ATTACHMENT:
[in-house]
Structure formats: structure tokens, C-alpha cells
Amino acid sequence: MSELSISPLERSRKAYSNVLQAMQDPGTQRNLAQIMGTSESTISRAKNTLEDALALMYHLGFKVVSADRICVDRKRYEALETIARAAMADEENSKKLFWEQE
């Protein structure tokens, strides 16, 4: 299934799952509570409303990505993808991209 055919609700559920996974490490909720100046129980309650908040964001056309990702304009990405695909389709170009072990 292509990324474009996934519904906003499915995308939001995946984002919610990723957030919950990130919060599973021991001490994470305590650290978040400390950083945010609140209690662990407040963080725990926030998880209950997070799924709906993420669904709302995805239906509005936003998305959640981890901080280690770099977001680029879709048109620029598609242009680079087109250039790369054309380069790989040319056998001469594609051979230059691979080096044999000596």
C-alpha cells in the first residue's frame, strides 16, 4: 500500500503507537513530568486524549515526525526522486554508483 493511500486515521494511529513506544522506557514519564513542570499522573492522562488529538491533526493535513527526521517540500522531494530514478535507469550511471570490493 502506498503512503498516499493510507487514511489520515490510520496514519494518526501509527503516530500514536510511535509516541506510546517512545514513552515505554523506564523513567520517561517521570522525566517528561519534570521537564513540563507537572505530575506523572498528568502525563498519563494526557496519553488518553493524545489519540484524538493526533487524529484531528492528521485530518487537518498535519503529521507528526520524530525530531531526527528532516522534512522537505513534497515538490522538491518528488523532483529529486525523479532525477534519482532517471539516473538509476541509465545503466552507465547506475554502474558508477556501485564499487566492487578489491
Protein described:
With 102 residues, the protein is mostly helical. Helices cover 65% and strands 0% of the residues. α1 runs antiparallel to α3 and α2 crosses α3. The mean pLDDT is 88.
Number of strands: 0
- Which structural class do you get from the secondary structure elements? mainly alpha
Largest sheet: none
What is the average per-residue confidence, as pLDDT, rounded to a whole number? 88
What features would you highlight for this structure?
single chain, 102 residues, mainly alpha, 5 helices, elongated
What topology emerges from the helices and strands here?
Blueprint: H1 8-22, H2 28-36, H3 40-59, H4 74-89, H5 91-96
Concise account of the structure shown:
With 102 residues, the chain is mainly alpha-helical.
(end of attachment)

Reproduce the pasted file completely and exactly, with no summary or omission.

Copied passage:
[in-house]
Structure formats: structure tokens, C-alpha cells
Amino acid sequence: MSELSISPLERSRKAYSNVLQAMQDPGTQRNLAQIMGTSESTISRAKNTLEDALALMYHLGFKVVSADRICVDRKRYEALETIARAAMADEENSKKLFWEQE
């Protein structure tokens, strides 16, 4: 299934799952509570409303990505993808991209 055919609700559920996974490490909720100046129980309650908040964001056309990702304009990405695909389709170009072990 292509990324474009996934519904906003499915995308939001995946984002919610990723957030919950990130919060599973021991001490994470305590650290978040400390950083945010609140209690662990407040963080725990926030998880209950997070799924709906993420669904709302995805239906509005936003998305959640981890901080280690770099977001680029879709048109620029598609242009680079087109250039790369054309380069790989040319056998001469594609051979230059691979080096044999000596």
C-alpha cells in the first residue's frame, strides 16, 4: 500500500503507537513530568486524549515526525526522486554508483 493511500486515521494511529513506544522506557514519564513542570499522573492522562488529538491533526493535513527526521517540500522531494530514478535507469550511471570490493 502506498503512503498516499493510507487514511489520515490510520496514519494518526501509527503516530500514536510511535509516541506510546517512545514513552515505554523506564523513567520517561517521570522525566517528561519534570521537564513540563507537572505530575506523572498528568502525563498519563494526557496519553488518553493524545489519540484524538493526533487524529484531528492528521485530518487537518498535519503529521507528526520524530525530531531526527528532516522534512522537505513534497515538490522538491518528488523532483529529486525523479532525477534519482532517471539516473538509476541509465545503466552507465547506475554502474558508477556501485564499487566492487578489491
Protein described:
With 102 residues, the protein is mostly helical. Helices cover 65% and strands 0% of the residues. α1 runs antiparallel to α3 and α2 crosses α3. The mean pLDDT is 88.
Number of strands: 0
- Which structural class do you get from the secondary structure elements? mainly alpha
Largest sheet: none
What is the average per-residue confidence, as pLDDT, rounded to a whole number? 88
What features would you highlight for this structure?
single chain, 102 residues, mainly alpha, 5 helices, elongated
What topology emerges from the helices and strands here?
Blueprint: H1 8-22, H2 28-36, H3 40-59, H4 74-89, H5 91-96
Concise account of the structure shown:
With 102 residues, the chain is mainly alpha-helical.